Up to 50 million Americans — kids, teens, and adults — suffer from acne to some degree. Some cases are mild and only require occasional over-the-counter treatments. But other cases are severe, painful, and chronic, requiring the expert care of an experienced dermatologist like Dr. Robert Topham at Holladay Dermatology & Aesthetics in the Salt Lake City, Utah, area.
The reason so many teens and adults come to Dr. Topham for acne treatments is because he offers professional care, effective solutions, customized treatment plans, and excellent results.
Dr. Topham takes the time to listen to your story and understand your unique symptoms. He identifies the underlying cause of your particular type of acne and matches you with the best treatment for your skin.
Above all, he stresses the importance of a healthy skin-care regimen that can give your treatment a helping hand. Here are some of his best tips for minimizing your acne breakouts and optimizing your treatment results.
This may seem like a no-brainer, but many people wash their face incorrectly and too often. To understand why your washing method matters, you need to understand one of the main contributors to acne — oil.
When your skin secretes too much sebum (oil), it can clog your pores and trap in dirt and dead skin cells, which causes an acne breakout. You may think the answer is to wash your face more often. Ironically, doing so triggers your skin to produce even more oil to replace what you’re stripping away, so frequent washing actually makes the problem worse.
Limit face washing to twice a day.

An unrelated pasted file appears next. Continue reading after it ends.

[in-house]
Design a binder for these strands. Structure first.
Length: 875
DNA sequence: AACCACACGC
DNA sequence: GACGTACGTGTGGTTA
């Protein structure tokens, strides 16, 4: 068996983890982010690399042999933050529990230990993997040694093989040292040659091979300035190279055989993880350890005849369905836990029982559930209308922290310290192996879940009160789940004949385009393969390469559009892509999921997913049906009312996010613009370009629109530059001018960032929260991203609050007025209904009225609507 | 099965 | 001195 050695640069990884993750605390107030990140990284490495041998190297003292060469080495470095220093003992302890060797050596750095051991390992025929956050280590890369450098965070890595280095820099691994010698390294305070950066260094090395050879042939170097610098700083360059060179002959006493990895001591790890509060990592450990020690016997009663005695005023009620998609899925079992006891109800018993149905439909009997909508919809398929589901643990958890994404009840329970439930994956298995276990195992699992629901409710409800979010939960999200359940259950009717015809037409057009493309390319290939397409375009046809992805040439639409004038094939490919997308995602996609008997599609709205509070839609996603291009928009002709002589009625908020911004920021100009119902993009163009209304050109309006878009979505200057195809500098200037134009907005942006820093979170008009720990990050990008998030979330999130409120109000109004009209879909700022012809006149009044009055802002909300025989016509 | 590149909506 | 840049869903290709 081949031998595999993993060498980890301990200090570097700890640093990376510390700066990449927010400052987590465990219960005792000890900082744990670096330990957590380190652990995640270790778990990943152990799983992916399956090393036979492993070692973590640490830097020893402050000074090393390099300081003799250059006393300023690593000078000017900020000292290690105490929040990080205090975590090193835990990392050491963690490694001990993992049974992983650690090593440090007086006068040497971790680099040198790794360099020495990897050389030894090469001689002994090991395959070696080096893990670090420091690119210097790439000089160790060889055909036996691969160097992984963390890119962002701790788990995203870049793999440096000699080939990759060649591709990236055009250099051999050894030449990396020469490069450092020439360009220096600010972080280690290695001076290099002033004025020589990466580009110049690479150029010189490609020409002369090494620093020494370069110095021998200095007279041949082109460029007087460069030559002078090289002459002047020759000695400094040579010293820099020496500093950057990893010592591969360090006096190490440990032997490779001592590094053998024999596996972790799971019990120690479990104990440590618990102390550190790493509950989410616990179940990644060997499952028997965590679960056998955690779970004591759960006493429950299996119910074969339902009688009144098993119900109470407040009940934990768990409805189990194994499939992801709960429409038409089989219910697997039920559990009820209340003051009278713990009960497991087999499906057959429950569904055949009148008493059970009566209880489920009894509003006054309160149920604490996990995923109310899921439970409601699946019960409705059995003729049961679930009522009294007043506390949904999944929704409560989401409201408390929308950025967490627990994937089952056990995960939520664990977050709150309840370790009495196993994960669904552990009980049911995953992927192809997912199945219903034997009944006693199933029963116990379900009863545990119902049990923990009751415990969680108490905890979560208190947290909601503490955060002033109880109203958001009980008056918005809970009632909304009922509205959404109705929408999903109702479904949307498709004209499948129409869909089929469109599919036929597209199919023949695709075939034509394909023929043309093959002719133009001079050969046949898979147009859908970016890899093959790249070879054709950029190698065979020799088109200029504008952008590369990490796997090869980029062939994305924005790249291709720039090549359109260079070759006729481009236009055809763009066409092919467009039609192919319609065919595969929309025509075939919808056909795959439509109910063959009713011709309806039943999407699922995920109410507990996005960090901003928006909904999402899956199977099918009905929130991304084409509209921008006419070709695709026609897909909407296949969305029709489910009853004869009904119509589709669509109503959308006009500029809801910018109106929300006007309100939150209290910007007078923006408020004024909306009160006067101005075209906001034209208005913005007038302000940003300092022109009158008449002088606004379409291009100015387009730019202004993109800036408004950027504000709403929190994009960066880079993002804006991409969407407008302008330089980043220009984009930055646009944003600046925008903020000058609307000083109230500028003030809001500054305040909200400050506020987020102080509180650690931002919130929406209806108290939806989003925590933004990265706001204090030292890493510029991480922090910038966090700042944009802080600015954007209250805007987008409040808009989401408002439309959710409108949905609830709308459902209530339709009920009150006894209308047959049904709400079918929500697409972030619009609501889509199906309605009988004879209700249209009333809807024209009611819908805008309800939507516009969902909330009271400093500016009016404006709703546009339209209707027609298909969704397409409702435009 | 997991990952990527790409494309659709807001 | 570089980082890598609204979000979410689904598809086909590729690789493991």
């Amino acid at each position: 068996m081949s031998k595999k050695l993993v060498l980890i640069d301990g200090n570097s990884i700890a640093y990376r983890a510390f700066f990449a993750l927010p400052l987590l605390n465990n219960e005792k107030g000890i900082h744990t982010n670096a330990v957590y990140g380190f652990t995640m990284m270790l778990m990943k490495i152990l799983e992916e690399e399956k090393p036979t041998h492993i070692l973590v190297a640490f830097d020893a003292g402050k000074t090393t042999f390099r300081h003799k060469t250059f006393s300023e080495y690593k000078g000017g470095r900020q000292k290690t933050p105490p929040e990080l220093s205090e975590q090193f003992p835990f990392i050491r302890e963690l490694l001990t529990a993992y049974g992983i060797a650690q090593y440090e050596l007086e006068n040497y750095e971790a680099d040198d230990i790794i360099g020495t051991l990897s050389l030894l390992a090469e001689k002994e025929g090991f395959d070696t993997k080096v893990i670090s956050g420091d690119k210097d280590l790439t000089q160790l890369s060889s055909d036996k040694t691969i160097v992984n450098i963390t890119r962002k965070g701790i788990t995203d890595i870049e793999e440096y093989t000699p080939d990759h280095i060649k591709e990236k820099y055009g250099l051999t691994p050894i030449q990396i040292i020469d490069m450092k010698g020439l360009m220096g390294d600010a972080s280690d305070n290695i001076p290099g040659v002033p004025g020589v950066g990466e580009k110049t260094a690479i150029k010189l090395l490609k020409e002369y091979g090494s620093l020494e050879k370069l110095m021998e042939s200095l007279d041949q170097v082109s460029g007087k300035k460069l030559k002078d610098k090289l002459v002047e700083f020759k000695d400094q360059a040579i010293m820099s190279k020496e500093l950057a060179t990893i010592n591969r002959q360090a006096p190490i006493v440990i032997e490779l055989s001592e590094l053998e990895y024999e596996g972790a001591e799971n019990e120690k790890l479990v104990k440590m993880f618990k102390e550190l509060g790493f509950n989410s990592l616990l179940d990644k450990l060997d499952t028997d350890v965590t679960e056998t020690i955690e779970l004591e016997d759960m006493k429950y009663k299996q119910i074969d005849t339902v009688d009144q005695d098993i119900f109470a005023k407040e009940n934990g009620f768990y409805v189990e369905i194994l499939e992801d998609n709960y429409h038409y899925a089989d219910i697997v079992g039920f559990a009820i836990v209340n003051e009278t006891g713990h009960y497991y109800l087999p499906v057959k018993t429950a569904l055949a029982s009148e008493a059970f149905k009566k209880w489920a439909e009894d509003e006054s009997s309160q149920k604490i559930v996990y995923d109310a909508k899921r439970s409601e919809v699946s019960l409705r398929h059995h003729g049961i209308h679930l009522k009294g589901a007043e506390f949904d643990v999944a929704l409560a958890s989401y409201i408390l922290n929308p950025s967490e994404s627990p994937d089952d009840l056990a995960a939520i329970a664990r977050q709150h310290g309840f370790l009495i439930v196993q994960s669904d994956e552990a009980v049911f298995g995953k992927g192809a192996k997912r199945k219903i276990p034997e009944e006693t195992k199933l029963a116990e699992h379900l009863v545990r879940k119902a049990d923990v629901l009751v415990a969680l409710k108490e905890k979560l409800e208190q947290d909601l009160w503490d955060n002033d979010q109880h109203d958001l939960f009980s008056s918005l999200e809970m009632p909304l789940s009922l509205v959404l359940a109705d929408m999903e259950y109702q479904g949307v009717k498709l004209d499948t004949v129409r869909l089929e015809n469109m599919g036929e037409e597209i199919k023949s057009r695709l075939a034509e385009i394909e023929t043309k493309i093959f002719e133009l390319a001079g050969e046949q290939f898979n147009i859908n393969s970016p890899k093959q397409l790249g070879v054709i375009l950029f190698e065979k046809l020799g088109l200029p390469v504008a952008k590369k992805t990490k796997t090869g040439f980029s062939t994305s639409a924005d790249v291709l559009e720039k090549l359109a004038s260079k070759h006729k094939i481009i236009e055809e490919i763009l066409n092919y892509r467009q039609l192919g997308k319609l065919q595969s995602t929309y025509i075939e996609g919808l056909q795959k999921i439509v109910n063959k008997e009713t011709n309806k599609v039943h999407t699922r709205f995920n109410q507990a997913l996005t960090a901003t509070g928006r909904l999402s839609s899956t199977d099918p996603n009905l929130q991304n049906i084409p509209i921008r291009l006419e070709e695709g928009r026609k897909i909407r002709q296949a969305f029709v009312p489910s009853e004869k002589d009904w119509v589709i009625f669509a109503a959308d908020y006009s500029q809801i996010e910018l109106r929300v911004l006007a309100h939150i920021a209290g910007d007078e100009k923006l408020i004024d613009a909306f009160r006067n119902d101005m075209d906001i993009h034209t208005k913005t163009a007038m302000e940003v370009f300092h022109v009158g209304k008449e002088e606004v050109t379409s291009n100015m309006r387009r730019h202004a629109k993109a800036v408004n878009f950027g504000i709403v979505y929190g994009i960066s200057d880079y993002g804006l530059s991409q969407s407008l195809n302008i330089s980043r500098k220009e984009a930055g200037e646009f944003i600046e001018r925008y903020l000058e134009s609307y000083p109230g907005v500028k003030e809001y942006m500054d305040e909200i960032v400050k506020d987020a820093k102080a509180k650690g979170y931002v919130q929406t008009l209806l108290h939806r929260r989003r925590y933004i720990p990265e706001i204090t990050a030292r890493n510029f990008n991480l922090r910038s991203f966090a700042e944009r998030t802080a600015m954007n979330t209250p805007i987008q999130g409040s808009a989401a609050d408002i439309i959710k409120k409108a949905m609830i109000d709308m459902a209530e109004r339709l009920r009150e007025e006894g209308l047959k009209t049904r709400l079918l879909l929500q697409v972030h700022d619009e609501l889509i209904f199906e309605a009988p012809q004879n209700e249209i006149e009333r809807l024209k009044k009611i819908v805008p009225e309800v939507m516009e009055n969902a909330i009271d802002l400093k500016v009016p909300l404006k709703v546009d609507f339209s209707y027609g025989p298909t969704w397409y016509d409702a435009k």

Ditch the washcloth and sponge — they’re too abrasive. Instead, just use your fingers to apply a gentle cleansing product free of alcohol and other astringent chemicals.
Rinse with warm, not hot, water, and pat dry.
Dry skin triggers oil production, so keep your clean skin well-hydrated. Opt for noncomedogenic products that contain no colors or perfumes.
And don’t forget to hydrate from the inside out. Drinking plenty of water throughout the day nourishes your skin.
Everyone has reached for concealer to quickly hide a hideous pimple before class or meeting friends, but that can make things even worse.
Foundations, concealers, and mineral powders instantly clog up your pores and exacerbate your acne.
For those times when you absolutely must dab on a bit of makeup, go for noncomedogenic formulas or tinted moisturizers that contain a little bit of salicylic acid to help heal pimples while covering them up.
Even if you’re really careful about what you put on your face, your facial skin may still come into contact with pimple-triggering products.
Anything you put on your hair can migrate to your face, including leave-in conditioners, anti-frizz products, heat protectants, argan oil, hairspray, and dry shampoo. If you have long hair that touches your face, the risk is even higher.
If you use these on your hair, read the label and look for oil-free products.
The warm sun feels great on your skin and may even dry up some of the excess oil, but it’s just as likely to trigger excess oil production as your skin responds to the dryness.
The sun’s ultraviolet rays may also cause a negative reaction if you’re taking antibiotics or other acne medications, so check with Dr. Topham about your medications and the potential side effects.
You’d be surprised at how many times you touch your face throughout the day without even thinking about it. And for many people, it poses no harm. But if you have acne, it can bring on or exacerbate a flare-up.
Every time your fingers touch your face, they introduce the bacteria picked from your phone, your steering wheel, the ATM machine, and anything else they’ve come into contact with, and your acne-prone skin doesn't stand a chance against all those pathogens.
Acne is a complex skin condition that requires individualized professional treatment. No cookie-cutter approach or single product works on all people.
Dr. Topham may use any combination of treatments for your acne, including:
To find out which treatment is right for your type of acne, schedule a consultation with Dr. Topham by calling our office in Holladay, Utah, today.